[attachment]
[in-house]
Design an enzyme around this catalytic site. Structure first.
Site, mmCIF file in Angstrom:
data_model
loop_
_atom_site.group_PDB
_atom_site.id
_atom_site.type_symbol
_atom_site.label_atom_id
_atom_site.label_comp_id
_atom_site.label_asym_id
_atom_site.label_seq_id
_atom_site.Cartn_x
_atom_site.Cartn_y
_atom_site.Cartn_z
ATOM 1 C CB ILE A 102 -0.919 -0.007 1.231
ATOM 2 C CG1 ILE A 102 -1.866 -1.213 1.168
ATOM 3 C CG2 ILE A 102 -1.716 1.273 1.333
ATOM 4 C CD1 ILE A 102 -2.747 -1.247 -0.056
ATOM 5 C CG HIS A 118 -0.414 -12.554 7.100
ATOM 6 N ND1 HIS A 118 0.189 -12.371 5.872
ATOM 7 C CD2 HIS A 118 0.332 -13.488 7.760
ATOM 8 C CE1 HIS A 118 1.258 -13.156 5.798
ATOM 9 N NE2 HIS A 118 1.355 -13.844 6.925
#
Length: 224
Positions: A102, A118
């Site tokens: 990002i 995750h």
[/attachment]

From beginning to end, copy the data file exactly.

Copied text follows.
[in-house]
Design an enzyme around this catalytic site. Structure first.
Site, mmCIF file in Angstrom:
data_model
loop_
_atom_site.group_PDB
_atom_site.id
_atom_site.type_symbol
_atom_site.label_atom_id
_atom_site.label_comp_id
_atom_site.label_asym_id
_atom_site.label_seq_id
_atom_site.Cartn_x
_atom_site.Cartn_y
_atom_site.Cartn_z
ATOM 1 C CB ILE A 102 -0.919 -0.007 1.231
ATOM 2 C CG1 ILE A 102 -1.866 -1.213 1.168
ATOM 3 C CG2 ILE A 102 -1.716 1.273 1.333
ATOM 4 C CD1 ILE A 102 -2.747 -1.247 -0.056
ATOM 5 C CG HIS A 118 -0.414 -12.554 7.100
ATOM 6 N ND1 HIS A 118 0.189 -12.371 5.872
ATOM 7 C CD2 HIS A 118 0.332 -13.488 7.760
ATOM 8 C CE1 HIS A 118 1.258 -13.156 5.798
ATOM 9 N NE2 HIS A 118 1.355 -13.844 6.925
#
Length: 224
Positions: A102, A118
């Site tokens: 990002i 995750h």